Resource Utilization in Liver Transplantation: Effects of Patient Characteristics and Clinical Practice
Katz, Patricia P.
Lake, John R.
Brown, Robert S.
Dudley, R. Adams
Wiesner, Russell H.
Zetterman, Rowen K.
JAMA. 1999 Apr 21; 281(15): 1381-1386.
CONTEXT: Liver transplantation is among the most costly of medical services, yet few studies have addressed the relationship between the resources utilized for this procedure and specific patient characteristics and clinical practices. OBJECTIVE: To assess the association of pretransplant patient characteristics and clinical practices with hospital resource utilization. DESIGN: Prospective cohort of patients who received liver transplants between January 1991 and July 1994. SETTING: University of California, San Francisco; Mayo Clinic, Rochester, Minn; and the University of Nebraska, Omaha. PATIENTS: Seven hundred eleven patients who received single-organ liver transplants, were at least 16 years old, and had nonfulminant liver disease. MAIN OUTCOME MEASURE: Standardized resource utilization derived from a database created by matching all services to a single price list. RESULTS: Higher adjusted resource utilization was associated with donor age of 60 years or older (28% [$53813] greater mean resource utilization; P=.005); recipient age of 60 years or older (17% [$32795]; P=.01); alcoholic liver disease (26% [$49596]; P=.002); Child-Pugh class C (41% [$67 658]; P less than .001); care from the intensive care unit at time of transplant (42% [$77833]; P less than .001); death in the hospital (35% [$67 076]; P less than .001); and having multiple liver transplants during the index hospitalization (154% increase [$474 740 vs $186 726 for 1 transplant]; P less than .001). Adjusted length of stay and resource utilization also differed significantly among transplant centers. CONCLUSIONS: Clinical, economic, and ethical dilemmas in liver transplantation are highlighted by these findings. Recipients who were older, had alcoholic liver disease, or were severely ill were the most expensive to treat; this suggests that organ allocation criteria may affect transplant costs. Clinical practices and resource utilization varied considerably among transplant centers; methods to reduce variation in practice patterns, such as clinical guidelines, might lower costs while maintaining quality of care.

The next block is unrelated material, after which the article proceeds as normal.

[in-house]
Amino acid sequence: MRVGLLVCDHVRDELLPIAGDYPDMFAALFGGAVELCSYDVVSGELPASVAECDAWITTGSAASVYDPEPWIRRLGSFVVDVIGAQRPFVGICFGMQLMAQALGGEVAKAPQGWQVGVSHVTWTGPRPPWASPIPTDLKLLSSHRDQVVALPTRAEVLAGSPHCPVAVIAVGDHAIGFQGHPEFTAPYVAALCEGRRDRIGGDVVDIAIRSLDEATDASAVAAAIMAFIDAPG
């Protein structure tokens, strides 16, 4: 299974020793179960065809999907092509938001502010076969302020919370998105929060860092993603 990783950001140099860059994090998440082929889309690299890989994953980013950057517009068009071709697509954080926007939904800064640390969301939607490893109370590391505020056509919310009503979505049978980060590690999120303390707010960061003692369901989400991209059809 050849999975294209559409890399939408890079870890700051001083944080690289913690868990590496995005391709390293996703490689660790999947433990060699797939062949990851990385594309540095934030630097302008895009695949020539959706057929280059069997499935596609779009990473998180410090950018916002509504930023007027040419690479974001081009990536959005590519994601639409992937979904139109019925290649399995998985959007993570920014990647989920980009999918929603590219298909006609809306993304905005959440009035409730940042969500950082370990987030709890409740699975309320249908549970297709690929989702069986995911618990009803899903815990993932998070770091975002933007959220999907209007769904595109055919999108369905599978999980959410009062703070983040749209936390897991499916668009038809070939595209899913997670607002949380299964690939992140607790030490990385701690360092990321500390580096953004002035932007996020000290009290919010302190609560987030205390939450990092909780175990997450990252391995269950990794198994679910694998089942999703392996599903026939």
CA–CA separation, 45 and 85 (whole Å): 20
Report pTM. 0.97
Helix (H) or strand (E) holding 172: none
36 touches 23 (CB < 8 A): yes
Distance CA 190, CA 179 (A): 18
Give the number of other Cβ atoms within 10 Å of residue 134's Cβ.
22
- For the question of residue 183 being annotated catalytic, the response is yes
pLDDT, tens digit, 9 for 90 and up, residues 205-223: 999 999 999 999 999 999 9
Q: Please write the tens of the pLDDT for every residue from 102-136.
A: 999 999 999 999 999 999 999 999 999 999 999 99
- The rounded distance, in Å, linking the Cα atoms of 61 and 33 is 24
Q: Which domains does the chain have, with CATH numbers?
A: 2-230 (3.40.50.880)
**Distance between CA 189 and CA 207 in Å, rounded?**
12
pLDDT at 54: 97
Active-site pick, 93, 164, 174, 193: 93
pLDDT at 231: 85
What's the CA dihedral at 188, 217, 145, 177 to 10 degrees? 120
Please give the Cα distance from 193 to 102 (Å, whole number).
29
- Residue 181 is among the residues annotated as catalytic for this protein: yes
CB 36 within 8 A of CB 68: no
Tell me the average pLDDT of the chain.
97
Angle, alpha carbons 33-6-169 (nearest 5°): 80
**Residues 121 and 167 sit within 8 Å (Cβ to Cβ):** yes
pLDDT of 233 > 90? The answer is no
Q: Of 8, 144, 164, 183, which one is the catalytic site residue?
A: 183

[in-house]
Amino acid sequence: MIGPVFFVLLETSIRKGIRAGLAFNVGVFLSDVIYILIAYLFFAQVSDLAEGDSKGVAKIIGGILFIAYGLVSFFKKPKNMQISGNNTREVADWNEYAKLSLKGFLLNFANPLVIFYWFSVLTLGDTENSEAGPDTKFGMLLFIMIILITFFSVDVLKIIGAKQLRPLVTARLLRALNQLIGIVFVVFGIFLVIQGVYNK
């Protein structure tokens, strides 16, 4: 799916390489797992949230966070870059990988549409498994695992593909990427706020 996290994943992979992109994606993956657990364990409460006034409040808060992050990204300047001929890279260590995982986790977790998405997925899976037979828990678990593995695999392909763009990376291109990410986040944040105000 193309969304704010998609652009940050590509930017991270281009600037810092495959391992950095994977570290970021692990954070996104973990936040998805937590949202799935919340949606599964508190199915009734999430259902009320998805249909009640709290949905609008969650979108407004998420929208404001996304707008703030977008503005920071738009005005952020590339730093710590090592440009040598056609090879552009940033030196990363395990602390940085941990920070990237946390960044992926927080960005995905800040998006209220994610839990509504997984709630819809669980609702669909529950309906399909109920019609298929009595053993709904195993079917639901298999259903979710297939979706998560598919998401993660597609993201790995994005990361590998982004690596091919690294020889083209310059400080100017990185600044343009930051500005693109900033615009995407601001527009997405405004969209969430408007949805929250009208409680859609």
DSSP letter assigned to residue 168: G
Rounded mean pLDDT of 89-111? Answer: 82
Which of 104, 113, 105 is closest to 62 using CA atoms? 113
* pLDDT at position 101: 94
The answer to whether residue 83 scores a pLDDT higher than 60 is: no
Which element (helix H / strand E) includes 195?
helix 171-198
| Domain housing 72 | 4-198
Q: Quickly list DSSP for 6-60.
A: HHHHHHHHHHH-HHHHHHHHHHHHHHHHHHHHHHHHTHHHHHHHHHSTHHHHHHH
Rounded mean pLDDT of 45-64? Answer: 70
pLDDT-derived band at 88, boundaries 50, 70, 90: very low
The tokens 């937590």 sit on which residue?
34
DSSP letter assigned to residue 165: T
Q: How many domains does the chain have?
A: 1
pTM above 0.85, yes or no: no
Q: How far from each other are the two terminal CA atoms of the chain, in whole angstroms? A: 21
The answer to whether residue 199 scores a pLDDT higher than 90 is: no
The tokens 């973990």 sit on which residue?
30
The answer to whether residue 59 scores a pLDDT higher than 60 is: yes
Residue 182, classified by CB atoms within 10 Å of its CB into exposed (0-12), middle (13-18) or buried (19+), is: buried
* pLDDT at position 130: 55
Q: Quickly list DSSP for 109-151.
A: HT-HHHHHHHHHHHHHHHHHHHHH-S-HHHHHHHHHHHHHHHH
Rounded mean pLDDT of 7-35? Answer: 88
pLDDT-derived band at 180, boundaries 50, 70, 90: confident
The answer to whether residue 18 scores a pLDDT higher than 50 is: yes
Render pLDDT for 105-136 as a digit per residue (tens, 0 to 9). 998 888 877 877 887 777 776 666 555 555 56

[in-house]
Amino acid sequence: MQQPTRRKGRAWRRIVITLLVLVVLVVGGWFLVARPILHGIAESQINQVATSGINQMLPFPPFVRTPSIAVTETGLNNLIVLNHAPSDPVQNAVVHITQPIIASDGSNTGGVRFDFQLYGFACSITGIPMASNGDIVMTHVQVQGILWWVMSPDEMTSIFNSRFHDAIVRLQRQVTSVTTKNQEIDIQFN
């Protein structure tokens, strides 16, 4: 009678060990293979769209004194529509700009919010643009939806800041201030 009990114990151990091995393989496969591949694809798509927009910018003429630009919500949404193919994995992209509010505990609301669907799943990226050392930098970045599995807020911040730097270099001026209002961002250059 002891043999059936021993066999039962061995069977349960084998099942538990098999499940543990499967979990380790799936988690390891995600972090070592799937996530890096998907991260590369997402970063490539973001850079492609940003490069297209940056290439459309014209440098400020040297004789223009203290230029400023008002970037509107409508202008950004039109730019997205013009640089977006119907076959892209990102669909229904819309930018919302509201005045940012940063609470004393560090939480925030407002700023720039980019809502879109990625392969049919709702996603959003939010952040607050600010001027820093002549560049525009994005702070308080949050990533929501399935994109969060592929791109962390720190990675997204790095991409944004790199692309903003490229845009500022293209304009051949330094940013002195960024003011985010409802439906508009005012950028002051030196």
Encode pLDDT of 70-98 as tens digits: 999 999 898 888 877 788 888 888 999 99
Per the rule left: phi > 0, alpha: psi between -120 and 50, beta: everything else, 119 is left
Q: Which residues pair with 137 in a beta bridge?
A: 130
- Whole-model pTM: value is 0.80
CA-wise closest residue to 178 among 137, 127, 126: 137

Adults; Age Factors; Alcohol Abuse; Biomedical Technologies; Comparative Studies; Death; Disease; Economics; Evaluation; Guidelines; Health; Health Care; Hospitals; Intensive Care Units; Illness; Livers; Liver Transplantation; Methods; Organ Transplantation; Patients; Resource Allocation; Review; Selection for Treatment; Tissue Transplantation; Transplant Recipients; Transplantation;
National Institute of Diabetes and Digestive and Kidney Diseases. Liver Transplantation Database Group
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Resource Utilization in Liver Transplantation: Effects of Patient Characteristics and Clinical Practice Showstack, Jonathan; Katz, Patricia P.; Lake, John R.; Brown, Robert S.; Dudley, R. Adams; Belle, Steven; Wiesner, Russell H.; Everhart, James; Zetterman, Rowen K. (National Institute of Diabetes and Digestive and Kidney Diseases. Liver Transplantation Database Group, 1999-04-14)